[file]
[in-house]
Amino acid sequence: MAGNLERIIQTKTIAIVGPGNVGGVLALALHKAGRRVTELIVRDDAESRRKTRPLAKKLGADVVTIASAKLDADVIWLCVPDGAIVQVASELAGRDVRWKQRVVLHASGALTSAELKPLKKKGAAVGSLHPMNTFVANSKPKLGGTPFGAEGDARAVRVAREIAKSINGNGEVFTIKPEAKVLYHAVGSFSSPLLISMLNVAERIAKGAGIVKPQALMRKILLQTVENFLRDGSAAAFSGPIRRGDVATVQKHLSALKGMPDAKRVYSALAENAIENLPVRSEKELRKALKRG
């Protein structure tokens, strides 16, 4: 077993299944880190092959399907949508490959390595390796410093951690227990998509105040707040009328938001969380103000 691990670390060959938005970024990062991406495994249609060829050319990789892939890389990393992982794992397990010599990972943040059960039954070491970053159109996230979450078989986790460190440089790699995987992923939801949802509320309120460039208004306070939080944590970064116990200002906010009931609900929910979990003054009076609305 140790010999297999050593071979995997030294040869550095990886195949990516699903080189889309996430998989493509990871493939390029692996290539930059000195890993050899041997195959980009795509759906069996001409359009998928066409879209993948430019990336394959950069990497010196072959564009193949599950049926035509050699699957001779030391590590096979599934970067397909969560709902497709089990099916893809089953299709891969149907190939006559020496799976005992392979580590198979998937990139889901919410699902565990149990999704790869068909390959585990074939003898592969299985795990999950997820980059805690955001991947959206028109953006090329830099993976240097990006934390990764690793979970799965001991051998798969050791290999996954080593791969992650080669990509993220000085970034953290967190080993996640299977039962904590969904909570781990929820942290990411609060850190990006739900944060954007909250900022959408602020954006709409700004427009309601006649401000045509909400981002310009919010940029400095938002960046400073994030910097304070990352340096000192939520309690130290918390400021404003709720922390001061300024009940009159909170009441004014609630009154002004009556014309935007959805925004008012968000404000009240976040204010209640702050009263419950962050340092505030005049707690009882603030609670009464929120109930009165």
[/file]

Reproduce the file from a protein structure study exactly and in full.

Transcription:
[in-house]
Amino acid sequence: MAGNLERIIQTKTIAIVGPGNVGGVLALALHKAGRRVTELIVRDDAESRRKTRPLAKKLGADVVTIASAKLDADVIWLCVPDGAIVQVASELAGRDVRWKQRVVLHASGALTSAELKPLKKKGAAVGSLHPMNTFVANSKPKLGGTPFGAEGDARAVRVAREIAKSINGNGEVFTIKPEAKVLYHAVGSFSSPLLISMLNVAERIAKGAGIVKPQALMRKILLQTVENFLRDGSAAAFSGPIRRGDVATVQKHLSALKGMPDAKRVYSALAENAIENLPVRSEKELRKALKRG
């Protein structure tokens, strides 16, 4: 077993299944880190092959399907949508490959390595390796410093951690227990998509105040707040009328938001969380103000 691990670390060959938005970024990062991406495994249609060829050319990789892939890389990393992982794992397990010599990972943040059960039954070491970053159109996230979450078989986790460190440089790699995987992923939801949802509320309120460039208004306070939080944590970064116990200002906010009931609900929910979990003054009076609305 140790010999297999050593071979995997030294040869550095990886195949990516699903080189889309996430998989493509990871493939390029692996290539930059000195890993050899041997195959980009795509759906069996001409359009998928066409879209993948430019990336394959950069990497010196072959564009193949599950049926035509050699699957001779030391590590096979599934970067397909969560709902497709089990099916893809089953299709891969149907190939006559020496799976005992392979580590198979998937990139889901919410699902565990149990999704790869068909390959585990074939003898592969299985795990999950997820980059805690955001991947959206028109953006090329830099993976240097990006934390990764690793979970799965001991051998798969050791290999996954080593791969992650080669990509993220000085970034953290967190080993996640299977039962904590969904909570781990929820942290990411609060850190990006739900944060954007909250900022959408602020954006709409700004427009309601006649401000045509909400981002310009919010940029400095938002960046400073994030910097304070990352340096000192939520309690130290918390400021404003709720922390001061300024009940009159909170009441004014609630009154002004009556014309935007959805925004008012968000404000009240976040204010209640702050009263419950962050340092505030005049707690009882603030609670009464929120109930009165």